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Personal Story
Chart in graduation regalia

Accessing U.S. Studies to Advance Disability Rights in Thailand

Chart traveled to the United States from Thailand to get a Master's Degree in International Public Policy and Management from the University of Southern California (USC) with the support of the Ford Foundation’s International Fellowships Program (IFP). At the time, he just wanted to get the top-notch education that the American system would open up for him. Just what he would do with that master’s degree would come later.

Having grown up as a blind man in a small town about three hours from Bangkok, Chart knew what it was like to live in a place with limited resources.

Personal Story
Close up of two women leaning heads together and smiling. Woman on right holds a white cane.

Intersecting Paths: A Study Abroad Provider and an Alumna Join Forces

Working virtually out of Michigan, Juanita is a long way from her supervisor in Colorado and her colleagues operating out of Massachusetts and Texas. Yet, from Juanita's perspective, the collaborative way in which the team works together seems to diminish the distance between them.

"What I really like about my co-workers is that they connect and communicate; they can really relate to people, and honestly that's why I studied abroad with them in the first place."

Personal Story
vegetables at a market

Compelled to Do More in a Complex World

Sean didn’t know what to expect on his first journey abroad, so he focused on the usual.

“I wondered how easy it would be to get around, what people’s reactions would be to me, and how different it would be from what I’m used to in the United States.”

What he discovered in Nicaragua was the travel concerns ended up being much less of an issue, for which he now admits he may have over prepared. Instead, he found himself grappling more with the cultural contradictions he discovered there.

Personal Story
Patricia sits in front of a banner describing the goals of her alumni project.

Bringing New Perspectives Home to Cameroon

The main reason I applied to the YES program to the United States was because I wanted to experience a place where people are different, yet not judged by their differences; a place where my abilities would be seen objectively. My parents were really encouraging because they knew my determination and capacity for overcoming difficulties.

Personal Story
Alexandra Futty with festival dressed Trinidadian

Explore the World Around You

Alexandra Futty has always been determined to not lead a “small life.” As a senior in high school she raised $10,000 and convinced her parents and Catholic school to allow her take a half year to go on a cultural exchange to India. “I grew up in a small town in Ohio that was very homogenous, very working class, very white, very Christian. And my whole life I have straddled the place between the sighted and non-sighted. I always felt this strong sensation that there was a larger world than what I experienced.”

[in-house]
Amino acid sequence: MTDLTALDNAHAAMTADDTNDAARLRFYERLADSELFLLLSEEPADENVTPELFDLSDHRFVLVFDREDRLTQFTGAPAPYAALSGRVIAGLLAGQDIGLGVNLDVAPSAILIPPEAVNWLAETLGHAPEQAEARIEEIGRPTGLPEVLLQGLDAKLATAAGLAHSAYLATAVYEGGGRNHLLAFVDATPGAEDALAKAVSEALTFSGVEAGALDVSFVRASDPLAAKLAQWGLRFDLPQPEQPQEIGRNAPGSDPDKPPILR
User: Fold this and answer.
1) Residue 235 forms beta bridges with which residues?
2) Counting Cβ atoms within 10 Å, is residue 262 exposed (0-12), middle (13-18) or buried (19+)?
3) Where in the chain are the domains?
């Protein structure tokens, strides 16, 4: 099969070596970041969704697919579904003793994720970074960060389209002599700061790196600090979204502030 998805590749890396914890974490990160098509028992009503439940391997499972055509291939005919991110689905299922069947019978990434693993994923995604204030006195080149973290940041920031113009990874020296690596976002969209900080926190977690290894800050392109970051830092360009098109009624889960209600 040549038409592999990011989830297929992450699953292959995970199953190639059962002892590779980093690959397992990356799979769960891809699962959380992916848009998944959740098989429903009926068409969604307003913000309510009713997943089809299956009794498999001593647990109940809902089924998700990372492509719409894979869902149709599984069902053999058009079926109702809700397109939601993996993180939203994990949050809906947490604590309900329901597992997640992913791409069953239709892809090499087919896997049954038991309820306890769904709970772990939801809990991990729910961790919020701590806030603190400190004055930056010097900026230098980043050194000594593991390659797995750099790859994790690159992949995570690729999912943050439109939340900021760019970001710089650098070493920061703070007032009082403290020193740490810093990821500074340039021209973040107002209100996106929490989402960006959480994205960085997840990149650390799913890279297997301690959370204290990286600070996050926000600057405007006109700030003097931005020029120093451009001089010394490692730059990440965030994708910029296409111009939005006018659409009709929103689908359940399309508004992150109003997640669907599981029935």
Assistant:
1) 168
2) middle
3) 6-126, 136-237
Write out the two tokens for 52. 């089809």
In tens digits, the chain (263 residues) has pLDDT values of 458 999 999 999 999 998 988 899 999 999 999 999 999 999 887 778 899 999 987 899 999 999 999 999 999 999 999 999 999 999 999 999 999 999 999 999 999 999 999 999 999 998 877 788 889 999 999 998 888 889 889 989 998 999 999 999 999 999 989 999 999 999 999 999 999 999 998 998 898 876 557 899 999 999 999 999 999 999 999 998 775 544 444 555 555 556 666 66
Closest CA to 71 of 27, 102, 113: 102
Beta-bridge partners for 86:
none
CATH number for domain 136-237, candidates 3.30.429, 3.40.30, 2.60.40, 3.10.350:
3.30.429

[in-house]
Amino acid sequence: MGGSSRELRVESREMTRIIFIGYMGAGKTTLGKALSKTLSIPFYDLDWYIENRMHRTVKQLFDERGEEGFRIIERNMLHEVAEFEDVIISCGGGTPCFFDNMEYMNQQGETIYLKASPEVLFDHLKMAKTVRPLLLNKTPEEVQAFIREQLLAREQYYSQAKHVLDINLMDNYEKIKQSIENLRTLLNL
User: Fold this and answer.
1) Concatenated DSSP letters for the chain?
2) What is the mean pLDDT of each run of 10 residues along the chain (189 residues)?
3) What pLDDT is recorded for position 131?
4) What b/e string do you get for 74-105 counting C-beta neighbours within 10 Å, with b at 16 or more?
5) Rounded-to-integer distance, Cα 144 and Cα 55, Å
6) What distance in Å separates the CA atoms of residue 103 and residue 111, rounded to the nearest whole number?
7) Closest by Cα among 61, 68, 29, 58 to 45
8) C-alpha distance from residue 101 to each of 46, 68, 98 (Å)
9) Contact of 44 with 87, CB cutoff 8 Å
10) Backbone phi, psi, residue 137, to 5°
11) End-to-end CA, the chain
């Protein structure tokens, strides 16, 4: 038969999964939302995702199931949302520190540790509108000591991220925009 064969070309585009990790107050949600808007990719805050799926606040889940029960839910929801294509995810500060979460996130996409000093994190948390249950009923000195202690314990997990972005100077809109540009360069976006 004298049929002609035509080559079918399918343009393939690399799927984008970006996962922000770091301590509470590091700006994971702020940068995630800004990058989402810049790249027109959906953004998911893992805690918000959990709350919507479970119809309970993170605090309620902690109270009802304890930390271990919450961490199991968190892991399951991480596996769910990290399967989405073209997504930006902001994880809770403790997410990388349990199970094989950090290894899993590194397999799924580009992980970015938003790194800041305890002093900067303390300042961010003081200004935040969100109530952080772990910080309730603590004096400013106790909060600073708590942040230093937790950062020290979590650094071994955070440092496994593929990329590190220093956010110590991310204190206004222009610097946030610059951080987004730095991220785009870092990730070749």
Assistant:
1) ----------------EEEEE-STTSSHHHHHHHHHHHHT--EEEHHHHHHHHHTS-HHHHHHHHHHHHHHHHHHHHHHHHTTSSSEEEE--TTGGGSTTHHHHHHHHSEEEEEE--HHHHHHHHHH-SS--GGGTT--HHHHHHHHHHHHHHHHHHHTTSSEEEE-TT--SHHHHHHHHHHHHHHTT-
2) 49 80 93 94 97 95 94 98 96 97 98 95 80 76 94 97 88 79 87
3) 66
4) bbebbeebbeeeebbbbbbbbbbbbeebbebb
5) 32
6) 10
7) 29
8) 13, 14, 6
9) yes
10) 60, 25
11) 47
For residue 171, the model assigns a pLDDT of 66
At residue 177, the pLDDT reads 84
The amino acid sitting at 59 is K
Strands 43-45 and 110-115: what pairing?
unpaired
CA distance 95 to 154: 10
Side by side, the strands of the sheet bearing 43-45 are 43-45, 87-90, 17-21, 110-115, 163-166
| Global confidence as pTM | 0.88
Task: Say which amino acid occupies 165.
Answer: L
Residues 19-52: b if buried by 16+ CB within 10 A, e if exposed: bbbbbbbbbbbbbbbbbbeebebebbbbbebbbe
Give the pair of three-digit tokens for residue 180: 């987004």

Alexandra’s explorations continued as a senior in college when she went to Trinidad for two months to do independent research for her undergraduate thesis. After graduation, she spent a year in Trinidad on a Fulbright Student scholarship, sponsored by the U.S. Department of State.

Personal Story
Christie with class in China

Disability Research in Hong Kong

When Christie Gilson received an offer to teach at Moravian College in Pennsylvania, she was ready to make the move. “I was not at all intimidated by the thought of pulling up roots and moving far away from home by myself. After all, I had successfully done so in Hong Kong beforehand.”

Personal Story
Beth near Berlin gate

Study Abroad: Stepping Stone to a Career

According to Beth Ocrant, “Every job is a stepping stone.”

For Beth, who is blind, the stepping stone that led to her first job was a study abroad experience at the University of Sunderland in England.

Personal Story
Carla Valpeoz in Arabic covering dress

Middle East Experiences Lead to Career Path

Carla Valpeoz wouldn’t take no for an answer. When her application for the Peace Corps was unsuccessful, she decided to contact a friend in Yemen to brainstorm other ideas for an international exchange. 

“I asked him if he knew of any job I could do for six months that was social justice based. He then emailed me and said he had something waiting, so I went."

Personal Story
Gumberidze sits at a table in a coffee shop in Tbilisi, Georgia.

Exchange Experience Sparks New Opportunities

In the modern world, career and social life is like a chain. Each opportunity is connected and often times followed by another, so that by missing one chance you might be losing hundreds of opportunities.

When I completed my Future Leaders Exchange (FLEX) year in the United States, I became a member of an active alumni community in Georgia and gained access to a wealth of information about scholarships, exchange programs, competitions, internships, volunteer opportunities and jobs.

Personal Story
Denise's guide dog rests on the floor of a stage

International Exchange Launches - and Enhances - a Career

Denise works for the U.S. Department of Agriculture's (USDA) Natural Resource Conservation Service. She has been blind from birth and has always loved languages. Her study of French and Spanish began in high school and continued through college, where she was a language major. As Denise enhanced her language skills, she sought out opportunities to get involved in international exchange, but encountered barriers related to her disability.